By Kenji Ueno, Koji Shiga, Shigeyuki Morita

This e-book will carry the sweetness and enjoyable of arithmetic to the school room. It deals severe arithmetic in a full of life, reader-friendly sort. incorporated are routines and lots of figures illustrating the most thoughts.

The first bankruptcy provides the geometry and topology of surfaces. between different issues, the authors talk about the PoincarÃ©-Hopf theorem on serious issues of vector fields on surfaces and the Gauss-Bonnet theorem at the relation among curvature and topology (the Euler characteristic). the second one bankruptcy addresses a variety of features of the concept that of measurement, together with the Peano curve and the PoincarÃ© method. additionally addressed is the constitution of 3-dimensional manifolds. specifically, it really is proved that the 3-dimensional sphere is the union of 2 doughnuts.

This is the 1st of 3 volumes originating from a sequence of lectures given through the authors at Kyoto collage (Japan).

**Read Online or Download A Mathematical Gift I: The Interplay Between Topology, Functions, Geometry, and Algebra (Mathematical World, Volume 19) PDF**

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**Extra info for A Mathematical Gift I: The Interplay Between Topology, Functions, Geometry, and Algebra (Mathematical World, Volume 19)**

**Sample text**

It was a stroke of luck (or genius) that Lie decided to look at infinitesimal elements, because it enabled him to prove simplicity for whole infinite families of Lie algebras in one fell swoop. ) Around 1885 Lie proved results so general that they cover all but a finite number of simple Lie algebras—namely, those of the exceptional groups mentioned at the end of Chapter 1 (see Hawkins [2000], pp. 92–98). In the avalanche of Lie’s results, the special case of so(3) and SO(3) seems to have gone unnoticed.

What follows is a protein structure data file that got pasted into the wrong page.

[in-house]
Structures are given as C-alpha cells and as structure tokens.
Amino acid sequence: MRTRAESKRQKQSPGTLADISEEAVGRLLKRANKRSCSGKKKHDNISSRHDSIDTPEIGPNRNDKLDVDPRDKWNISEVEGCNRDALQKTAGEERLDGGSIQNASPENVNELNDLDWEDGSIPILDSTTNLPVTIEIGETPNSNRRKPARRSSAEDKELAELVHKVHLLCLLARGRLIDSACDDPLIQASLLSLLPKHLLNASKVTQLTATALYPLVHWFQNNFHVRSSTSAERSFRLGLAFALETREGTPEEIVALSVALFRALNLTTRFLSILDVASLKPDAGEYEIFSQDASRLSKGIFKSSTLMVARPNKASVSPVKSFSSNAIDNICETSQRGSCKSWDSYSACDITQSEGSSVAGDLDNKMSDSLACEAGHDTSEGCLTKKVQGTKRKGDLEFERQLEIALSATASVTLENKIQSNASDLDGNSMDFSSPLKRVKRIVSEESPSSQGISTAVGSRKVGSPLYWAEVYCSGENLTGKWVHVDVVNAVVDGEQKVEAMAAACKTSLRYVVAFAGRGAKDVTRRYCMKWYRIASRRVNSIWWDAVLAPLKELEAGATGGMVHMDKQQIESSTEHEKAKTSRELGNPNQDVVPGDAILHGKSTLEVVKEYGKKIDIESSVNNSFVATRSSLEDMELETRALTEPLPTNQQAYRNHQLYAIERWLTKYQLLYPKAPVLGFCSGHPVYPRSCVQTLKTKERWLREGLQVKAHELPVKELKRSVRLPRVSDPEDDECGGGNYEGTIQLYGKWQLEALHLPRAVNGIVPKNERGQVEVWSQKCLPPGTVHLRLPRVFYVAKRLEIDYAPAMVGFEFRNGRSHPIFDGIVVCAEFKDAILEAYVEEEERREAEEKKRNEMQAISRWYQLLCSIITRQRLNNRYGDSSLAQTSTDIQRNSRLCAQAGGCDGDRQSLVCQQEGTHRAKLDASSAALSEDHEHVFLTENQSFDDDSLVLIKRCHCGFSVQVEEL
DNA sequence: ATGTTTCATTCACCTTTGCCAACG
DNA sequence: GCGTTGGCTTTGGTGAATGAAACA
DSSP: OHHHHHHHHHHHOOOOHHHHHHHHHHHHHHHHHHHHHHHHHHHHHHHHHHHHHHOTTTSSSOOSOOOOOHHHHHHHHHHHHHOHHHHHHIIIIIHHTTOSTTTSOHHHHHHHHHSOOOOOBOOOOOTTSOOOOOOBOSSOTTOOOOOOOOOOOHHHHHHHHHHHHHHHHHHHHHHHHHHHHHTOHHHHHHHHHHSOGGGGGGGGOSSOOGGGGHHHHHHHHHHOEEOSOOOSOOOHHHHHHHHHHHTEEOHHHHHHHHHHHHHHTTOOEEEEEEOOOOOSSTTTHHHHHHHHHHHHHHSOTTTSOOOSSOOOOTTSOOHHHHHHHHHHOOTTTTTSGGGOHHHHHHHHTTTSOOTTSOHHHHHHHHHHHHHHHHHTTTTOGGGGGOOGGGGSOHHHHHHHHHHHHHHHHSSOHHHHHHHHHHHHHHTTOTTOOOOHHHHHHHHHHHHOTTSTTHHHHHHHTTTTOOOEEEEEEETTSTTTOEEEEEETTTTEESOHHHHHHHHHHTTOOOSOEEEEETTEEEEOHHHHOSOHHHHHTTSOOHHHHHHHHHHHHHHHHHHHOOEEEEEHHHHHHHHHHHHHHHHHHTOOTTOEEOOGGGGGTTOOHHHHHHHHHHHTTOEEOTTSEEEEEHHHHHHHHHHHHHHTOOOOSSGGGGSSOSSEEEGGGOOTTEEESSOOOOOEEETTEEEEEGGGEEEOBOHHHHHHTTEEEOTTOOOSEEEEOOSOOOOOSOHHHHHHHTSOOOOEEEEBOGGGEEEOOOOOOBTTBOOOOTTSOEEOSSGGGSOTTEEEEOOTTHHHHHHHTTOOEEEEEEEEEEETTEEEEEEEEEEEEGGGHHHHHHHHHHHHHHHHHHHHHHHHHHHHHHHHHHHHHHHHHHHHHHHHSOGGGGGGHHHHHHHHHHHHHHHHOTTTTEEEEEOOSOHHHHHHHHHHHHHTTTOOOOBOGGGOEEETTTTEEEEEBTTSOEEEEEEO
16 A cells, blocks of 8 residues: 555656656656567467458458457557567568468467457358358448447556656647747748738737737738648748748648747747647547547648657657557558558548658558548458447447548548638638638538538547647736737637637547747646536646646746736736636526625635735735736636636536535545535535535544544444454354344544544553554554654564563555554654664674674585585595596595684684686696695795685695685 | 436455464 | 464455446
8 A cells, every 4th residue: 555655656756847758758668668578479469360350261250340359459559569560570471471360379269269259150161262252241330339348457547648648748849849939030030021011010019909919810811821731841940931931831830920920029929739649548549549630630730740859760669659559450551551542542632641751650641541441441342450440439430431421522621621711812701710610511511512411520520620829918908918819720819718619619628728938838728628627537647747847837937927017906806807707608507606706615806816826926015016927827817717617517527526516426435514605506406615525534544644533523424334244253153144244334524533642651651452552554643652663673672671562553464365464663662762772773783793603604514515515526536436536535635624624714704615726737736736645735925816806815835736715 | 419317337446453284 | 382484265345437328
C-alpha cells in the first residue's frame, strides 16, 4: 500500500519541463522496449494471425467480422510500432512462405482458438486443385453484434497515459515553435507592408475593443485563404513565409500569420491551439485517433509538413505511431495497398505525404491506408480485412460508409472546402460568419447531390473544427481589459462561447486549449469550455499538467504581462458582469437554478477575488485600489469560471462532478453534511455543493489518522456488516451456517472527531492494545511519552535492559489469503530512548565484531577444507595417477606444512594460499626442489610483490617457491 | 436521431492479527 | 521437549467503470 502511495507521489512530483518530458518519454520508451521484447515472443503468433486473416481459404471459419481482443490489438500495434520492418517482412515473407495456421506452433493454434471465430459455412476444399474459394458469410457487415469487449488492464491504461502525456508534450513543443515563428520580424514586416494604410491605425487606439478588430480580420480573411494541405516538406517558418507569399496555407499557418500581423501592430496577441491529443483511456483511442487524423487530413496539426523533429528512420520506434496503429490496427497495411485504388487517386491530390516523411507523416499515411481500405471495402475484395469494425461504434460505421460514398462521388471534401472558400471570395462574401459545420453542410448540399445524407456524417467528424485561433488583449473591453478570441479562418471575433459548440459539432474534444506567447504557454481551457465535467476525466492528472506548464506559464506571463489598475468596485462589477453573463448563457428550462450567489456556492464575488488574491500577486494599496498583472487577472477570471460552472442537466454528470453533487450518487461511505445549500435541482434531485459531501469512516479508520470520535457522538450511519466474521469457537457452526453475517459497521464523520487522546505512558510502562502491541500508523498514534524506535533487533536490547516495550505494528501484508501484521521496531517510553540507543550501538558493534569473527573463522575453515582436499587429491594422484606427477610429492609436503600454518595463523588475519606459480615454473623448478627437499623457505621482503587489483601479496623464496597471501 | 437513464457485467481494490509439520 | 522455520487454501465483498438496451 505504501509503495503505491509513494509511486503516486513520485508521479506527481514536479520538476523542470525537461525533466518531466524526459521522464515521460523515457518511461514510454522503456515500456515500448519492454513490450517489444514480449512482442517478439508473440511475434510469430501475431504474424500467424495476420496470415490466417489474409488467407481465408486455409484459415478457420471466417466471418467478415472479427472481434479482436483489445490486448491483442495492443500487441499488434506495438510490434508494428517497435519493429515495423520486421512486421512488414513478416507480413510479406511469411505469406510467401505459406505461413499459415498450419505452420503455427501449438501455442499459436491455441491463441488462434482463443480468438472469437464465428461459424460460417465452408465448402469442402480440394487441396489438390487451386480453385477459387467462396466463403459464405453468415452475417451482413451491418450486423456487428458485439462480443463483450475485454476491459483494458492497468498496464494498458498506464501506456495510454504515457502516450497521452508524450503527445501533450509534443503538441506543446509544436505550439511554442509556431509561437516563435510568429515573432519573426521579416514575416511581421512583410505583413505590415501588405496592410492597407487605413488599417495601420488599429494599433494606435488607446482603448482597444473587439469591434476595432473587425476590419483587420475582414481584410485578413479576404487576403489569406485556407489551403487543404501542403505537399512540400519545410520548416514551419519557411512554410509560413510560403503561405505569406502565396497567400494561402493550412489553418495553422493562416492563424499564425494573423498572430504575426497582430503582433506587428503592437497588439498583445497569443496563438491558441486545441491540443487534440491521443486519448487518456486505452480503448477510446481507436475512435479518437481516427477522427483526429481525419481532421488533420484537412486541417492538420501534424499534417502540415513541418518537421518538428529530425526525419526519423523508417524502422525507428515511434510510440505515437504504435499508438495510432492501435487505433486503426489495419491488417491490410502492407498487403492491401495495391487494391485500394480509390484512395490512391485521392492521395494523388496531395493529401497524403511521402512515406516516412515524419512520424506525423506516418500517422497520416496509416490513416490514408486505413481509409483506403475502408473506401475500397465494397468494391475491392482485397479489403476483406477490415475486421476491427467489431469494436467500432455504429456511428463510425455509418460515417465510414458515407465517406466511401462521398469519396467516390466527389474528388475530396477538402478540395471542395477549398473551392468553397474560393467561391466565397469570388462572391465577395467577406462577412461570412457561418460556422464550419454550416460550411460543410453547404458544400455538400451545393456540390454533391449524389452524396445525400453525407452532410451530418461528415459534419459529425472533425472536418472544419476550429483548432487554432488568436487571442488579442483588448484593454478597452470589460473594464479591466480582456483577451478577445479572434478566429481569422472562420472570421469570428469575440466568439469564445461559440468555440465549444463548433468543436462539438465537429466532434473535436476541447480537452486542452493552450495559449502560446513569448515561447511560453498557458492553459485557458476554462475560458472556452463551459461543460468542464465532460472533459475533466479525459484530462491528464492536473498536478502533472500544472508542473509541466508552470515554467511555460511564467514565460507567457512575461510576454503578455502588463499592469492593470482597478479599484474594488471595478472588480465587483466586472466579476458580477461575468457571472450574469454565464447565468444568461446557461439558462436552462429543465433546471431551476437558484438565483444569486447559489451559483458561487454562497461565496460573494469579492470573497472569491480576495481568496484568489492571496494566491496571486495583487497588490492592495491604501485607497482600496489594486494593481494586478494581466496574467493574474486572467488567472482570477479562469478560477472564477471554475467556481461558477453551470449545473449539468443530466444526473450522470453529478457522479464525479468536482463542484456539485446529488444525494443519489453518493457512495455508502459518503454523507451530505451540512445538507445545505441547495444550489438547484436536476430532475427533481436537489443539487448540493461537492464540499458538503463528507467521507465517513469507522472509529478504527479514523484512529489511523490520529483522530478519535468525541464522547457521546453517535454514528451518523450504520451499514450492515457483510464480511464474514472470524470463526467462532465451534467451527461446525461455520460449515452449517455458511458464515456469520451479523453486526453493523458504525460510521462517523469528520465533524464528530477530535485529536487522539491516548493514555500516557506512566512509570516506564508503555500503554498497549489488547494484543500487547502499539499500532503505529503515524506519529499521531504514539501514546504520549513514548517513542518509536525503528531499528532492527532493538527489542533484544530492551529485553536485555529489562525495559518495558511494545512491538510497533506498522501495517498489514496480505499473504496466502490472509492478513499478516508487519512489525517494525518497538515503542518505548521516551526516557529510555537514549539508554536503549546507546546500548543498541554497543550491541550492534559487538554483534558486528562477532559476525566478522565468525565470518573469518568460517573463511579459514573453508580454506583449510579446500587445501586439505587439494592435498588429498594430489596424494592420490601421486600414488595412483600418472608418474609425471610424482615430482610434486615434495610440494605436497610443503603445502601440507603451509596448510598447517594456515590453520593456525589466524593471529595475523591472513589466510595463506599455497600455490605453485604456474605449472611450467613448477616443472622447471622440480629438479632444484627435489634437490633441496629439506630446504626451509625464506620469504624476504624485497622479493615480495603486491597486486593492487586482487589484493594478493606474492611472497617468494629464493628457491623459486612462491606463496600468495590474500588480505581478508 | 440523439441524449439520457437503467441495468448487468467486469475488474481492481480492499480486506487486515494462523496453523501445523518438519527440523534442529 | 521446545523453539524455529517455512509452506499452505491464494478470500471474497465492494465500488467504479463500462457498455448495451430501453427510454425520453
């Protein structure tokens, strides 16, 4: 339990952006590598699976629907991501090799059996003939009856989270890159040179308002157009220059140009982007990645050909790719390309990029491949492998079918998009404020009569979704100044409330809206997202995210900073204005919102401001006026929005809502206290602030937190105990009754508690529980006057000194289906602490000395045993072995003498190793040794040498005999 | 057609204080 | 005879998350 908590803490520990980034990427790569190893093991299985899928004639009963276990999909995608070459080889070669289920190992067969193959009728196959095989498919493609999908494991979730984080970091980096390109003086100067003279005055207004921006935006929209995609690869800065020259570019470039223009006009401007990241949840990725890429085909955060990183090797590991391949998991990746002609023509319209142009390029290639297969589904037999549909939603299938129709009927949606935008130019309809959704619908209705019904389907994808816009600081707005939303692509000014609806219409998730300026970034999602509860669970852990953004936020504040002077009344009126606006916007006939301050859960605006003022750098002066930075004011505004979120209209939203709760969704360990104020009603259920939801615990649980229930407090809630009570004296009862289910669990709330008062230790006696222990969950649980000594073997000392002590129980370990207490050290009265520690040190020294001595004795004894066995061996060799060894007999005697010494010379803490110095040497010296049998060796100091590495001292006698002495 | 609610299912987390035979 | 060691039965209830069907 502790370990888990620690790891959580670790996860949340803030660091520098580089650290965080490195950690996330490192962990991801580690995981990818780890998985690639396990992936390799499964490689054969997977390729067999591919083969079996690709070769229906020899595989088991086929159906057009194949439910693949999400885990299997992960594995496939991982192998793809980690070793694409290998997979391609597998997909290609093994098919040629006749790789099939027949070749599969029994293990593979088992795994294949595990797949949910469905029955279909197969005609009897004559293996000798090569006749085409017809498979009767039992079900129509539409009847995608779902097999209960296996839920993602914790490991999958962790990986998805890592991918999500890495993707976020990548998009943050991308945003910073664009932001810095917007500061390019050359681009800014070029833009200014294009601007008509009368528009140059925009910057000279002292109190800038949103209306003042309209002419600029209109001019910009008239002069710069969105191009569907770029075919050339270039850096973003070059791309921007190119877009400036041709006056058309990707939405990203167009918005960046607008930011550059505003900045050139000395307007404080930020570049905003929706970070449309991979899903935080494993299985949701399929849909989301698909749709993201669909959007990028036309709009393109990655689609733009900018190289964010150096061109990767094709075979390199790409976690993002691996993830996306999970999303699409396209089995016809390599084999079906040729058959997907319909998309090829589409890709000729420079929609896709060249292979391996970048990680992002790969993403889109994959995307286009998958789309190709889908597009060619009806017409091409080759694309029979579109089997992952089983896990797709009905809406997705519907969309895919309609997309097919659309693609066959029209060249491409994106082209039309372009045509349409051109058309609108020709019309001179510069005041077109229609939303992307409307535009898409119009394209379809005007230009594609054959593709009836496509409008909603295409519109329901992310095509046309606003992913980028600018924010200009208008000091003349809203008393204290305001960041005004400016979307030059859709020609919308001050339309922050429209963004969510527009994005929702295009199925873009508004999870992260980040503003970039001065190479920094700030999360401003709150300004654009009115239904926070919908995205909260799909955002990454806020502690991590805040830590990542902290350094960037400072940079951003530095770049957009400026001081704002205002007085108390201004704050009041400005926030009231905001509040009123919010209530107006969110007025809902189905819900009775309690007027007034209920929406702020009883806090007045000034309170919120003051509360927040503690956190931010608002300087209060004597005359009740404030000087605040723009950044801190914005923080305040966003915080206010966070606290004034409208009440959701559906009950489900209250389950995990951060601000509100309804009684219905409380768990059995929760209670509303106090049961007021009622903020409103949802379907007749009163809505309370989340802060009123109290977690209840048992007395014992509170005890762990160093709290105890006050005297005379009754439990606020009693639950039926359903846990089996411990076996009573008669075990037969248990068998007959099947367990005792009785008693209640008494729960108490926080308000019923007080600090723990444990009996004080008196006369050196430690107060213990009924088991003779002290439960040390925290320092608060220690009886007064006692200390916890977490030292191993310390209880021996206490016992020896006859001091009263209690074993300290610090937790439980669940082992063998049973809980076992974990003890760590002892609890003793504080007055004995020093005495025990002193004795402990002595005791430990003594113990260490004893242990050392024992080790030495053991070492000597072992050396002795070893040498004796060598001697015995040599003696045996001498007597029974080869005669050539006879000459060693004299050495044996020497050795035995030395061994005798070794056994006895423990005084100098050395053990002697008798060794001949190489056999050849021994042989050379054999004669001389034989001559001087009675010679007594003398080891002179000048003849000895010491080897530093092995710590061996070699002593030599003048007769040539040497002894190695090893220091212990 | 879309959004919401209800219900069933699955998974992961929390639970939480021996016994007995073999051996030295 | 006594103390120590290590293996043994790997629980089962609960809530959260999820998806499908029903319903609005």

Also, the group operation of SO(3) corresponds to quaternion multiplication, because if one rotation is induced by conjugation by t1 , and another by conjugation by t2 , then conjugation by t1 t2 induces the product rotation (first rotation followed by the second). Of course, we multiply pairs ±t of quaternions by the rule (±t1 )(±t2 ) = ±t1t2 . We therefore identify SO(3) with the group RP3 of unit quaternion pairs ±t under this product operation. The map ϕ : SU(2) → SO(3) defined by ϕ (t) = {±t} is a 2-to-1 homomorphism, because the two elements t and −t of SU(2) go to the single pair ±t in SO(3).

5. As is clear from the figure, the tetrahedron is mapped into itself by two types of rotation: • A 1/2 turn about each line through the centers of opposite edges. • A 1/3 turn about each line through a vertex and the opposite face center. 3 Show that there are 11 distinct rotations among these two types. What rotation accounts for the 12th position of the tetrahedron? 5. Remember that a rotation about axis u through angle θ corresponds to the quaternion pair ±q, where q = cos θ θ + u sin . 4 Show that the identity, and the three 1/2 turns, correspond to the four quaternion pairs ±1, ±i, ±j, ±k.